"I hate letting Jake down," George said, echoing her own thoughts.
It was difficult to be angry with George. He was far too aware of his own weaknesses. She knew he had done his best since Mark's death to be a strong male influence for his grandson. For that she would forgive a great deal.
"Why don't you come over Sunday for dinner? Jake's dying to tell you all about the birthday party."
"I'd like that," George said. "In fact, tomorrow I go right past Kruckmeyer's Pharmacy on the way to the country club. If they're ready, I'll pick up the photographs from the Renaissance Faire."
"That would save me a trip. I played hooky today, but tomorrow I'm working all day. Come about five on Sunday."
It was clear that George was pleased with the olive branch.
"Jake's a good kid, Maggie. Every day he looks more and more like his father. He'll be a real heartbreaker when he grows up. Just like his dad."
A heartbreaker just like his dad. His words kept repeating in her ears as she watched her father-in-law walk down the stairs to his car.
"A heartbreaker? Not if I can help it," Maggie muttered aloud, sitting down on the porch swing.
George's weakness was cards; Mark's had been women.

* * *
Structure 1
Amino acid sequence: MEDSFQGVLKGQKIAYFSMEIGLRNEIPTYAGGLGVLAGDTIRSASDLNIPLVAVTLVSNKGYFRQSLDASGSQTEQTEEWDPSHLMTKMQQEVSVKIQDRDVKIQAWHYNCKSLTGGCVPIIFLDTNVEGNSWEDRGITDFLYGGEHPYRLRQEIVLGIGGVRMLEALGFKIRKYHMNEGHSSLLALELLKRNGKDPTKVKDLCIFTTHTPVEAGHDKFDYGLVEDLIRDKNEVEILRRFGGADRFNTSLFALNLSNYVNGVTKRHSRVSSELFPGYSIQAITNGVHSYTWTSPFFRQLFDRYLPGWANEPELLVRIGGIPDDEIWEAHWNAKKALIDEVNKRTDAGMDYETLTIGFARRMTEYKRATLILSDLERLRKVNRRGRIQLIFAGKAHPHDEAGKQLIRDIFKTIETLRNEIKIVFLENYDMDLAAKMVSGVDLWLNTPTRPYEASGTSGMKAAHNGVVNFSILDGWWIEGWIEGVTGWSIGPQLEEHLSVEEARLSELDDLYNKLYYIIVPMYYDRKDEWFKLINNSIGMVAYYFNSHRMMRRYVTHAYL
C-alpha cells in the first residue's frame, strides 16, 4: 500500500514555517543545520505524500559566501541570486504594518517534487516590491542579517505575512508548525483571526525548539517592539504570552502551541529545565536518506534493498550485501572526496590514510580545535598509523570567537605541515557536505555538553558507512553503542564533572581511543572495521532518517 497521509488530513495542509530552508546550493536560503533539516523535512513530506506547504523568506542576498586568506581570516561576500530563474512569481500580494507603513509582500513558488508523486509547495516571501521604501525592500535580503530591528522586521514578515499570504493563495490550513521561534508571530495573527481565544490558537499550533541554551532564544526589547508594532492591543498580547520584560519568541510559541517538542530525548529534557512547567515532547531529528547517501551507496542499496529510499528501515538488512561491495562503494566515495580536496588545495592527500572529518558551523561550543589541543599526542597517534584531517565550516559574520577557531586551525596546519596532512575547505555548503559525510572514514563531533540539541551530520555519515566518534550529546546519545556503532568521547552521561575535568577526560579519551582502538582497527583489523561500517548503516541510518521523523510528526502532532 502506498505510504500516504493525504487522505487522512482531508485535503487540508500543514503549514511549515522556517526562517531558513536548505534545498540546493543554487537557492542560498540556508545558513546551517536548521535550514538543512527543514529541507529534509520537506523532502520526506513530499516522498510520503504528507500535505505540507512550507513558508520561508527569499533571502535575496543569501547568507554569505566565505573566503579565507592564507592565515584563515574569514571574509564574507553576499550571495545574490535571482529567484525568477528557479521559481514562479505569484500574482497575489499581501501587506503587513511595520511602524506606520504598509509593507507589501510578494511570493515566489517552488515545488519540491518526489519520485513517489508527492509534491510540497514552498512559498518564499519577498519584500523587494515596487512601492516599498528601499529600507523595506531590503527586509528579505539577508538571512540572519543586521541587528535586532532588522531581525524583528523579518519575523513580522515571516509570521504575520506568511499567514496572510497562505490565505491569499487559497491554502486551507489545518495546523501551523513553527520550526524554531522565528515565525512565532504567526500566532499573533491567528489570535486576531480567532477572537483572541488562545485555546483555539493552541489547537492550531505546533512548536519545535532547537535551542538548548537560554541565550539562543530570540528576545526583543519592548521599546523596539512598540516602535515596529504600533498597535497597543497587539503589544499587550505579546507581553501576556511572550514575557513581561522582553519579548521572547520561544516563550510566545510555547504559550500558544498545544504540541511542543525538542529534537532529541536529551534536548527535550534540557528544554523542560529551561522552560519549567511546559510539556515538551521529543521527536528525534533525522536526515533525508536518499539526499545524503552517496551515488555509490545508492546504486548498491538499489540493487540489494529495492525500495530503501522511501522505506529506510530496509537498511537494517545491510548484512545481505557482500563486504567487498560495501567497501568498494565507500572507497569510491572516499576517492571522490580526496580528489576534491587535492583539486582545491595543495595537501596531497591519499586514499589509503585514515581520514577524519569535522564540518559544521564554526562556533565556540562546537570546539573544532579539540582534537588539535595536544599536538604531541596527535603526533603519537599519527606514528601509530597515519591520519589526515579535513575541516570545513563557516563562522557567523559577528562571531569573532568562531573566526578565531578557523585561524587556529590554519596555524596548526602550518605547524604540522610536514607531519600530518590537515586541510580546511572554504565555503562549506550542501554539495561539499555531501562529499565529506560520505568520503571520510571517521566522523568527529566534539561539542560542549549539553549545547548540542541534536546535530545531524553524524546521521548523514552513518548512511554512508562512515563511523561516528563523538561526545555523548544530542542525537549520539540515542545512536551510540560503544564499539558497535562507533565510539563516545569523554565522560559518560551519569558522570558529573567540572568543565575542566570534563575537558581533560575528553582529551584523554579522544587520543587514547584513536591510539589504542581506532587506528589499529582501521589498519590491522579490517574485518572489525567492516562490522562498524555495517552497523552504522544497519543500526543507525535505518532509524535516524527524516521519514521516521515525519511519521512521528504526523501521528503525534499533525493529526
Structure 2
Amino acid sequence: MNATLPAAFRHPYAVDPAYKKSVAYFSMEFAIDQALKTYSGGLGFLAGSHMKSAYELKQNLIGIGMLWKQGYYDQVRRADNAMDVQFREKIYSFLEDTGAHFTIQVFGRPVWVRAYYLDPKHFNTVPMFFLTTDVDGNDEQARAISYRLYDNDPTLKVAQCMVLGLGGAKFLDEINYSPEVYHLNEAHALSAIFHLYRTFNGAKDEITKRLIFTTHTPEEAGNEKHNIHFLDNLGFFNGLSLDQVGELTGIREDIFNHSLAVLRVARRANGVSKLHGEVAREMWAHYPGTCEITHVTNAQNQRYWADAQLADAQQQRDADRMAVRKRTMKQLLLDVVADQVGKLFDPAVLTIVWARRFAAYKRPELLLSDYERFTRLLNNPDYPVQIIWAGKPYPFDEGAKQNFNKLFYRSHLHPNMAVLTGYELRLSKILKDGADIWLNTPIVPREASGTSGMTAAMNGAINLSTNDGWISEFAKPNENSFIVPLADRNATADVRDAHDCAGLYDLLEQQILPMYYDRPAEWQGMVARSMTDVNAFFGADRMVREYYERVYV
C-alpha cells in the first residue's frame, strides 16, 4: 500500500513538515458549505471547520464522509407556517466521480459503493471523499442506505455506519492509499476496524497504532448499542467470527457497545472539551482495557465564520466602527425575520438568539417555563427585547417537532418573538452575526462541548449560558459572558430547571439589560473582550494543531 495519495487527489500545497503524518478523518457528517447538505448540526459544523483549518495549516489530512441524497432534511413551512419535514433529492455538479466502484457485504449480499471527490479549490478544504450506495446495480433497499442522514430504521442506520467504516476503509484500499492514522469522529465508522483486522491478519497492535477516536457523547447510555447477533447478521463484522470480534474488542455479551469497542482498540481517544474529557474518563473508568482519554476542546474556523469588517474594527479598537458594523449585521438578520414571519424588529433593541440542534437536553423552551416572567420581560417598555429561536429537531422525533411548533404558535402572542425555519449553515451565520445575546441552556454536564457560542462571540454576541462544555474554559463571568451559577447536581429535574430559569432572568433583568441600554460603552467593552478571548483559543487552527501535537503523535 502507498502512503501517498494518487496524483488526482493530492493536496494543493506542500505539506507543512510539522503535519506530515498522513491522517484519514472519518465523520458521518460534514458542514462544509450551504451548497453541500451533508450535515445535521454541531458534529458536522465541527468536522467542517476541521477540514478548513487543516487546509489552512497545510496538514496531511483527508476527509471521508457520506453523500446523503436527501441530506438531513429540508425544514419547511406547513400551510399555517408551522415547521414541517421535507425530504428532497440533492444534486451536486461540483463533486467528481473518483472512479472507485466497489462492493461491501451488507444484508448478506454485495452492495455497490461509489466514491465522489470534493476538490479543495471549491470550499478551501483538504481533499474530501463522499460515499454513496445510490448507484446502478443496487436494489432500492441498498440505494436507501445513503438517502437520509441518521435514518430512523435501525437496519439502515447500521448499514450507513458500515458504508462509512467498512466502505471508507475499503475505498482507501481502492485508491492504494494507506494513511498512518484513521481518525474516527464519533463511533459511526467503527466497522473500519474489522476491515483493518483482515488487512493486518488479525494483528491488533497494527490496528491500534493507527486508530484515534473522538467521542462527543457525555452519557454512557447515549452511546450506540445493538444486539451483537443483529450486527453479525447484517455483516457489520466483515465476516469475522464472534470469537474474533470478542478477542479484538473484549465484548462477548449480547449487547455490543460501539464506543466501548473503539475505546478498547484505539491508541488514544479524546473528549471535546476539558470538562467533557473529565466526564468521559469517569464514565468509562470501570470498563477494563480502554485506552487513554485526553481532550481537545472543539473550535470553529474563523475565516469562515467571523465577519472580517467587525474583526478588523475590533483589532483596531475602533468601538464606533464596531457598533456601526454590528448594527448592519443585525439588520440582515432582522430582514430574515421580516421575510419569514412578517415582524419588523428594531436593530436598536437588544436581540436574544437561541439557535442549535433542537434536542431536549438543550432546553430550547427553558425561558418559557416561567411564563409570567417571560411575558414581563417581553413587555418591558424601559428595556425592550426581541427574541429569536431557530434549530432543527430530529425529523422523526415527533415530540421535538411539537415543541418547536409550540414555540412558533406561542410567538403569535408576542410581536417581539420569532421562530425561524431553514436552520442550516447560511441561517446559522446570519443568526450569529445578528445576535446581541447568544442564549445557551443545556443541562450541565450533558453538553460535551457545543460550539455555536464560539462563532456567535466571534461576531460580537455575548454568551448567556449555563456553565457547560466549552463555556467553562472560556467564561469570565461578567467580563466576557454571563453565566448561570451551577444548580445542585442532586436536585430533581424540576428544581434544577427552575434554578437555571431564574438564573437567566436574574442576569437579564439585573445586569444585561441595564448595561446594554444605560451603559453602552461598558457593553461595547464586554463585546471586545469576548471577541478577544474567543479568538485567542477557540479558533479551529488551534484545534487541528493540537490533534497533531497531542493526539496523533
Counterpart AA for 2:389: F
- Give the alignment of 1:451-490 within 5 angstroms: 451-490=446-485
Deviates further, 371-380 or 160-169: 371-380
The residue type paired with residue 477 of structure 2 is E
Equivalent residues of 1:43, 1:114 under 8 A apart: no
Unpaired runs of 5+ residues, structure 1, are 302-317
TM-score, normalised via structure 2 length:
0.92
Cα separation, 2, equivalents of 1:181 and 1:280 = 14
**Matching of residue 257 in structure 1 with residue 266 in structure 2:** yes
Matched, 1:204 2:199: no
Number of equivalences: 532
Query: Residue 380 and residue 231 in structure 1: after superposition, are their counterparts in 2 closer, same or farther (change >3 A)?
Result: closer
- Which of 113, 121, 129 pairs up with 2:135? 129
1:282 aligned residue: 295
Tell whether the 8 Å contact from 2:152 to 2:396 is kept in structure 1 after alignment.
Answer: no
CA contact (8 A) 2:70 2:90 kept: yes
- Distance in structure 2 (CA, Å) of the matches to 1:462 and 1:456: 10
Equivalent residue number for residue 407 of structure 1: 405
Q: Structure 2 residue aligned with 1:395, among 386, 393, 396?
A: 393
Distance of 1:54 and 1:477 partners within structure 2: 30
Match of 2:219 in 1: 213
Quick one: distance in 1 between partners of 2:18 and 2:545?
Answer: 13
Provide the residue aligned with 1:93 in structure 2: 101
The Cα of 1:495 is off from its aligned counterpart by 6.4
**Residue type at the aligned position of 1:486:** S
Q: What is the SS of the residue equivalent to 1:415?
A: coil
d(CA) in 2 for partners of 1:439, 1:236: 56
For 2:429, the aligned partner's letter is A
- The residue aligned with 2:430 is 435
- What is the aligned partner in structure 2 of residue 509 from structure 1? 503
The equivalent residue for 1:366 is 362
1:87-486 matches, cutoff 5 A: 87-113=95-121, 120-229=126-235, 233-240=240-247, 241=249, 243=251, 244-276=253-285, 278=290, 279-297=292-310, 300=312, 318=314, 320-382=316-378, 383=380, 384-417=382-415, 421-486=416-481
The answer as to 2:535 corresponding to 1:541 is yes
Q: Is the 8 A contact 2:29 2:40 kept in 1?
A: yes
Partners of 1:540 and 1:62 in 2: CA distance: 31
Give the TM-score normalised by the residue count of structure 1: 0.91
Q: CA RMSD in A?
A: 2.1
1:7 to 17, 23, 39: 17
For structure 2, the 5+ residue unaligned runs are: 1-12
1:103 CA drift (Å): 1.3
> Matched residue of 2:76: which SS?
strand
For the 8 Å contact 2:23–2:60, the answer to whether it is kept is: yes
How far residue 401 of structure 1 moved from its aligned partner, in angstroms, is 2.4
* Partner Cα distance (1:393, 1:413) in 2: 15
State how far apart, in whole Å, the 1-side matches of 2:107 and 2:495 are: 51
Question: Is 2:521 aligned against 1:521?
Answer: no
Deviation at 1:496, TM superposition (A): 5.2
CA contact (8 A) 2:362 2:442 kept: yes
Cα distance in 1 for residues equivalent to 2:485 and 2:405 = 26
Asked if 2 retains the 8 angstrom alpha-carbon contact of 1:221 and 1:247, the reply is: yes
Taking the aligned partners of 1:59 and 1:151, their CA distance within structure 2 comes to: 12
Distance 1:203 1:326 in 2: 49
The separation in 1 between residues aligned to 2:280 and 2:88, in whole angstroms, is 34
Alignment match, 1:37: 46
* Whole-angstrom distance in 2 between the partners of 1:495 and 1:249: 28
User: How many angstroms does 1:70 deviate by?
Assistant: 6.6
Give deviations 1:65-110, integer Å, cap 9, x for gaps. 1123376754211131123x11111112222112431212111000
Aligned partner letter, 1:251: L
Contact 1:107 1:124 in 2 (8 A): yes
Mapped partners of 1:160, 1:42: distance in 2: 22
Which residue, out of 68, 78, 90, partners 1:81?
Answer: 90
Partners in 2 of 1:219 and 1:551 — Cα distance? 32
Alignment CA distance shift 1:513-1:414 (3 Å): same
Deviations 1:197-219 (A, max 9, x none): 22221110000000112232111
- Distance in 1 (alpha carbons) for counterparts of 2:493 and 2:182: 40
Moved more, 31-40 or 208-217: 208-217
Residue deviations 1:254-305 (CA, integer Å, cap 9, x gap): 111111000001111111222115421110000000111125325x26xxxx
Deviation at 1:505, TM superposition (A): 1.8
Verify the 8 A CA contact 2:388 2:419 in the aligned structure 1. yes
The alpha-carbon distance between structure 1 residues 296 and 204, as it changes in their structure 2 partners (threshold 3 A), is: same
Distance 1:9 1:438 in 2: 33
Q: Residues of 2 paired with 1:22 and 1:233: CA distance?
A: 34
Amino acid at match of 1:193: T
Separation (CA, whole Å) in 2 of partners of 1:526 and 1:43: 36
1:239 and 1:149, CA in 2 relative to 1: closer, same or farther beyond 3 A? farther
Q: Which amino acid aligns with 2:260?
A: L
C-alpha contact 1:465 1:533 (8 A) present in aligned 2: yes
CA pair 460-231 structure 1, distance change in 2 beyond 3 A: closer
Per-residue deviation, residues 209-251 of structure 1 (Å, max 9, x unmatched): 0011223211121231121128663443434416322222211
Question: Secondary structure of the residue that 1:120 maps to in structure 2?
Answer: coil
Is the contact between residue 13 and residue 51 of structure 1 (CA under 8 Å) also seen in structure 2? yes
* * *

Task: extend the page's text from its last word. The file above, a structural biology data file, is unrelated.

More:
Mark with the bedroom eyes, who had attempted to sleep with every woman he met. Mark, who had ignored his marriage vows the moment the ink was dry on the wedding license. Mark, whose car had swerved off the road, killing himself along with the twenty-five-year-old woman carrying his child.
Oh yes. Mark had been a real heartbreaker.
He had broken her heart long ago. And for different reasons his death had broken the hearts of his father and his son. There were times when she wondered if any of them would ever heal.
He had been gone for two years, and yet Maggie had not been able to move beyond her anger. To George and Jake, Mark had been a wonderful son and father. Dead, he had become Saint Mark. They both assumed that she was as devastated as they were.
Maggie jumped at the voice behind her. "Sorry, Jake, I was daydreaming."
"I knew you didn't hear me when I came down." He plopped down on the wooden seat beside her, leaning his head against her shoulder. "Grampa gone?"
"Yes." She put her arm around his bathrobed figure and leaned close to smell the shampoo in his hair.
"No movie. That really bites," Jake said. "Big time."
Although Maggie might have worded it more strongly, she forced out a motherly response. "Life is like that sometimes. You could see that Grampa was sorry."
"He's always sorry."
Maggie heard the hurt in his voice. "And what's this about the special dinner I had planned?"
He grimaced. "I guess I sort of lied, Mom."
"Lies stink. They always end up hurting people. Even when you're trying not to." She smiled to take the sting out of her words. "Do you know what I've been thinking about for tomorrow night's dinner?" He shook his head. "A big pepperoni pizza."
Jake's expression lightened. "DeNato's makes really great pizza."
"Excellent plan. And on the way back we'll stop at Hoffman's Video and pick up Godzilla. You haven't seen that in at least a week or two."